Certain inalienable privileges and immunities

Yesterday, the Supreme Court incorporated the freedom to bear arms into the set of liberties it will enforce against the state governments through the Fourteenth Amendment. I would just like to know what took them so long. According to the Fourteenth Amendment, “No state shall make or enforce any law which shall abridge the privileges or immunities of citizens of the United States.” In nineteenth century terminology, “privileges and immunities” basically meant “freedoms.” One of those freedoms was meant to include the freedom to bear arms — particularly since the Republicans wanted freed blacks to be able to vote Republican without getting lynched. Under the old terminology, what we now vaguely refer to as “rights” were subdivided into four categories:  1) Rights, 2) privileges, 3) powers, and 4) immnunities.

A “right” meant a bestowing of duty on others. For example, if you had a right to property, that meant that your neighbors had a duty to stay off your land. It also meant that you could sue your neighbors for trespass if they violated this duty. Due to its propensity to generate legal claims, a “right” was likewise called a “claim-right.”

Nowadays we tend to consider the word “privilege” to mean a gift, or an entitlement that the government may choose to deny us. For example, authoritarians will often tell you that “driving is only a privilege,” implying that they can take away your driver’s license if they want. But under the old terminology, a “privilege” just meant the absence of duty. That is, a “privilege” owned by your neighbor meant the absence or diminishment of your own “rights.” This freedom from duty implied a liberty to engage in activity, without the legal penalty incurred from claim-rights. If your neighbor bought some crops from you and if the two of you never specified how they would be delivered, the neighbor would have a “privilege” to come onto your land at a reasonable hour to pick them up himself. Your property “right” was powerless against this freedom he possessed, and you could not sue him for trespass.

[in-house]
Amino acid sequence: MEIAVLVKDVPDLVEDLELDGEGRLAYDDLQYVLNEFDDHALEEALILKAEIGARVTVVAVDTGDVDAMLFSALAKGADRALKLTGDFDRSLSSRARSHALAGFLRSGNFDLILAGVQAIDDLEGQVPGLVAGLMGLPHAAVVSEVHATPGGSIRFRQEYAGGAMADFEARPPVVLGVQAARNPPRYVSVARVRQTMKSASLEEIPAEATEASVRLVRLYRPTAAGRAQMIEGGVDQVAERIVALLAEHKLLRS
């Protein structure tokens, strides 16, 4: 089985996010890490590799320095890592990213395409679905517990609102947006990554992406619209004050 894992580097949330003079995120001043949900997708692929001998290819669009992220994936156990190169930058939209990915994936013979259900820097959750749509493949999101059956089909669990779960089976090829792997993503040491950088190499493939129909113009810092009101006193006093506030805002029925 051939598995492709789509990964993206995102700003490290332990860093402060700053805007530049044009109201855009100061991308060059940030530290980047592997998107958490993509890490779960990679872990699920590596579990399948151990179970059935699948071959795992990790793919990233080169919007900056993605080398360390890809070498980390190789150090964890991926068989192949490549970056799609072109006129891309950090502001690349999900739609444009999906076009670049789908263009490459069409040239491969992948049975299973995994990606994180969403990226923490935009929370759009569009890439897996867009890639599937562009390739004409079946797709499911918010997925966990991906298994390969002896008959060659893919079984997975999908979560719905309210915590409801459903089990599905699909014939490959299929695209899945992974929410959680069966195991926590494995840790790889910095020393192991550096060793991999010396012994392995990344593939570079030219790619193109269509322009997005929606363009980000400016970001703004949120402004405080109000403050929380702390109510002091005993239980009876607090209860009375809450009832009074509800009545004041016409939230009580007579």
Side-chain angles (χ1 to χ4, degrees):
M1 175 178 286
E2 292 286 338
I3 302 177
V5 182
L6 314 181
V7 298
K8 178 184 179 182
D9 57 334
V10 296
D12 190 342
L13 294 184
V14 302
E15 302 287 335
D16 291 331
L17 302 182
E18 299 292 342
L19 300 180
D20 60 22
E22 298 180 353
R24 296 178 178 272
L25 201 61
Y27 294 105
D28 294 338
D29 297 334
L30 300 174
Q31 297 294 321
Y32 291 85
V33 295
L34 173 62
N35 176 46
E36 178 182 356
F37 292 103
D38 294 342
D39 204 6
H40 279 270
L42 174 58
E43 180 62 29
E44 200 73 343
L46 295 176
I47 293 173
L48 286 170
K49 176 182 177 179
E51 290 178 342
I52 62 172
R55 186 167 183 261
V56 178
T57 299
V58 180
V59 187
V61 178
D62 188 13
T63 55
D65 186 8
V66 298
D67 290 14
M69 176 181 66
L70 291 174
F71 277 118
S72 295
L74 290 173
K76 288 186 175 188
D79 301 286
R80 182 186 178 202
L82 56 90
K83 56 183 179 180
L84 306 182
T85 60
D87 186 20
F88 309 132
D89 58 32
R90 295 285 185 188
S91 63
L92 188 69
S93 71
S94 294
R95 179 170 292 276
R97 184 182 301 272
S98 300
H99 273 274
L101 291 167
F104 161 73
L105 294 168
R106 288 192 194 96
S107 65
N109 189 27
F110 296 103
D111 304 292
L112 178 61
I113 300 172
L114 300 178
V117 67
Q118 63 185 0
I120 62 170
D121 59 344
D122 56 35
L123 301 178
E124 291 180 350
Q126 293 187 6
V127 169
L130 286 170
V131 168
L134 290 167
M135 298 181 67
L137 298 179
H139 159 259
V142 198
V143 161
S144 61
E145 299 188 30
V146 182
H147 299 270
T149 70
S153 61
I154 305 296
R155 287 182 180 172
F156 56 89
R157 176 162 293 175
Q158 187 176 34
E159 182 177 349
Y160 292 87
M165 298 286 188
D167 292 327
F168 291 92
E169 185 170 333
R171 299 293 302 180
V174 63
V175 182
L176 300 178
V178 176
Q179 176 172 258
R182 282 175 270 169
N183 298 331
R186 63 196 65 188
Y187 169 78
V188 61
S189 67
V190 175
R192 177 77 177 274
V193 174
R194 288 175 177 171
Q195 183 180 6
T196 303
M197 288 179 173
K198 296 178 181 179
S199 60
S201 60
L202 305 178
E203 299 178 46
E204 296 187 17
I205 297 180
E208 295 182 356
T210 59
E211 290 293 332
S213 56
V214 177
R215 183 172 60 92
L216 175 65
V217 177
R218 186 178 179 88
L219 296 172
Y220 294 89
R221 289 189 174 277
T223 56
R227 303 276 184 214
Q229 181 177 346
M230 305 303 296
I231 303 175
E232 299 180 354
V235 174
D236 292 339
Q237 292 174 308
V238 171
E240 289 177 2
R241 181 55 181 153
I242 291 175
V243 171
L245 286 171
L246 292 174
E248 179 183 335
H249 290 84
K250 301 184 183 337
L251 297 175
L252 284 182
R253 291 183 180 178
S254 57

A “power” was basically a potential right, or the ability to create rights in various circumstances via discretion. For example, an owner with the “right” to land would typically also have the “power” to sell his land, thereby creating a “right” for the buyer. For the most part, though, the government was the one with “power.” So if the legislature made a law requiring everyone to salute Drew Justice when he walked by on the sidewalk, it had used its power to create a right on the part of either Drew Justice or the government, depending on whether the law was meant to be a civil remedy or a criminal penalty. Whereas Drew Justice or the government prosecutors would obtain a right once the law was passed, all of the citizens would be liable under the government’s power. They would have to salute Drew Justice. “Power” for one entity meant liability for others. Liability referred to the potential to be subjected to power.

An “immunity” meant a lack of liability, basically a freedom from power. An immunity meant that another individual did not have power over you, even though he might have otherwise in the absence of your immunity. The city government might have the “power” to re-zone your real estate, but if your house is already being constructed on it, you are likely “immune” to the government’s power and will have to be grandfathered into the new law. Likewise, if all the citizens had an immunity against saluting, then neither Drew Justice nor the government could hold them accountable for failing to do so. And that is where the Privileges and Immunities clause comes in!